The Rev. Chul Goo Lee (left), president of the Association of Korean Churches in The United Methodist Church, and retired Bishop Youngjin Cho, interim pastor of the Korean Church of Atlanta, prepare to serve Holy Communion during the first day of the association’s meeting. Photo by the Rev. Thomas Kim, UM News. 
The Rev. Chul Goo Lee (left), president of the Association of Korean Churches in The United Methodist Church, and retired Bishop Youngjin Cho, interim pastor of the Korean Church of Atlanta, prepare to serve Holy Communion during the first day of the association’s meeting. Photo by the Rev. Thomas Kim, UM News.

On the third day, the conference continued the same discussion and the Rev. Keihwan Kevin Ryoo, mission executive secretary of the Association of Korean American United Methodists and a member of the Transitional Leadership Council of the Global Methodist Church, shared his opinion.

Ryoo expressed concern that conservative bishops and pastors would be punished if the Book of Discipline is revised, but the Council of Bishops has stated that The United Methodist Church will remain a denomination for all.

In its vision of the future of the denomination, titled, “A Narrative for the Continuing United Methodist Church,” the council said, “We cannot be a traditional church or a progressive church or a centrist church. We cannot be a gay or straight church. … Instead, we must be one people, rooted in scripture, centered in Christ, serving in love and united in the essentials.”

Ryoo also mentioned that because Paragraph 2553 of the Book of Discipline will expire on Dec. 31, 2023, revising the paragraph would be burdensome. He said time is short, and expenses would be too high. He advised Korean churches to use Paragraph 2548.2 instead. However, that paragraph only addresses deeding church property to another denomination. The Council of Bishops has stated that conferences should use the Discipline’s Paragraph 2553 as the primary paragraph for disaffiliation and separation.

Ryoo expressed optimism that there will be comity agreements between the two denominations. Bishop Cynthia Fierro Harvey has said no such comity agreement currently exists with the Global Methodist Church.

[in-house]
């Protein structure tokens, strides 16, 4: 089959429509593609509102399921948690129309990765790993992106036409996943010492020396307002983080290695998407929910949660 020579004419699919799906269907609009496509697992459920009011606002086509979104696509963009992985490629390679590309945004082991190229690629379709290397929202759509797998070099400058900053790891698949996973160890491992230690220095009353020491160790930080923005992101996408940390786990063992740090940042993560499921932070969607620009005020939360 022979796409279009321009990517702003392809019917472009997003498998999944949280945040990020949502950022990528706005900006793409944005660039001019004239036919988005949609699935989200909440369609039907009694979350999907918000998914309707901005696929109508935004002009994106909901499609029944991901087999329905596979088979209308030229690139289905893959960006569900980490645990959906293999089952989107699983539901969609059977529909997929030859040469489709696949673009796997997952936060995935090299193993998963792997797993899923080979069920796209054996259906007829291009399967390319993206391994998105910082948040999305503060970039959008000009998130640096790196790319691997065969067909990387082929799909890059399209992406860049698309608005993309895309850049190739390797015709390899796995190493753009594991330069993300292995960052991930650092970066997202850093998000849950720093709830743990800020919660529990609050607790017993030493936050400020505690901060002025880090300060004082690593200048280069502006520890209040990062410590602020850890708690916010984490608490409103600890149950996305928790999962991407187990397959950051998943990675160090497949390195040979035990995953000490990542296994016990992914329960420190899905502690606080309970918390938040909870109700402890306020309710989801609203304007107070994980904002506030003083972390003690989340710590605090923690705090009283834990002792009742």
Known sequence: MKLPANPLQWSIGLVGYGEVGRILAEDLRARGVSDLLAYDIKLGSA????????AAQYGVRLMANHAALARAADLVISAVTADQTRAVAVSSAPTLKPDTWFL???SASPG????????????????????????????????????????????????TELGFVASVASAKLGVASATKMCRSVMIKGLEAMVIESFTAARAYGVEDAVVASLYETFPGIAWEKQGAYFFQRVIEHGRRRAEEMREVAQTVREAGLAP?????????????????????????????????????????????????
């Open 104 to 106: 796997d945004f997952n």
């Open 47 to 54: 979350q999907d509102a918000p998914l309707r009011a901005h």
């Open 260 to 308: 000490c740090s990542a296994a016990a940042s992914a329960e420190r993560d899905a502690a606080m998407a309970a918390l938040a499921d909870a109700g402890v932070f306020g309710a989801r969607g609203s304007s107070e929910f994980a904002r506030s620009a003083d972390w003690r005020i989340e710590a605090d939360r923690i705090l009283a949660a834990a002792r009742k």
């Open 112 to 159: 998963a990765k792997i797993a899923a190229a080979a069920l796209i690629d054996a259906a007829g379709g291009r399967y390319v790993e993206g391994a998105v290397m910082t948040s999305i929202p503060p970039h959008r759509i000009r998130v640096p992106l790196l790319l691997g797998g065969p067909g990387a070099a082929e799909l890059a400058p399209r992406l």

In the panel discussion, the Rev. Yon Taek Bae of Charleston Korean United Methodist Church in Charleston, South Carolina, also focused on the issue of human sexuality.

“The number of members has decreased; where have they gone?” he asked. “We need to consider whether this is a natural decrease or if there is another cause of the decrease. Is homosexuality a problem? So, how does homosexuality make it difficult for us? Where did the leaving members go?” 

Participants in the Association of Korean Churches in The United Methodist Church gathering sing praise songs at Central Korean United Methodist Church in Dallas. Photo by the Rev. Thomas Kim, UM News. 
Participants in the Association of Korean Churches in The United Methodist Church gathering sing praise songs at Central Korean United Methodist Church in Dallas. Photo by the Rev. Thomas Kim, UM News..

Jinho Woo, who serves as a young adult minister at First Korean United Methodist Church in Wheeling, Illinois, urged the association to focus on how to prepare for the future.

“About 50 young adults I am serving do not understand and feel why the denomination is about to split due to the controversy over homosexuality,” Woo said.

The Rev. Han Seung Koh of Korean Community Church of New Jersey in Englewood, New Jersey, expressed disappointment and concerns regarding the possibility of adapting the Protocol of Reconciliation and Grace through Separation as the General Conference has been rescheduled to 2024.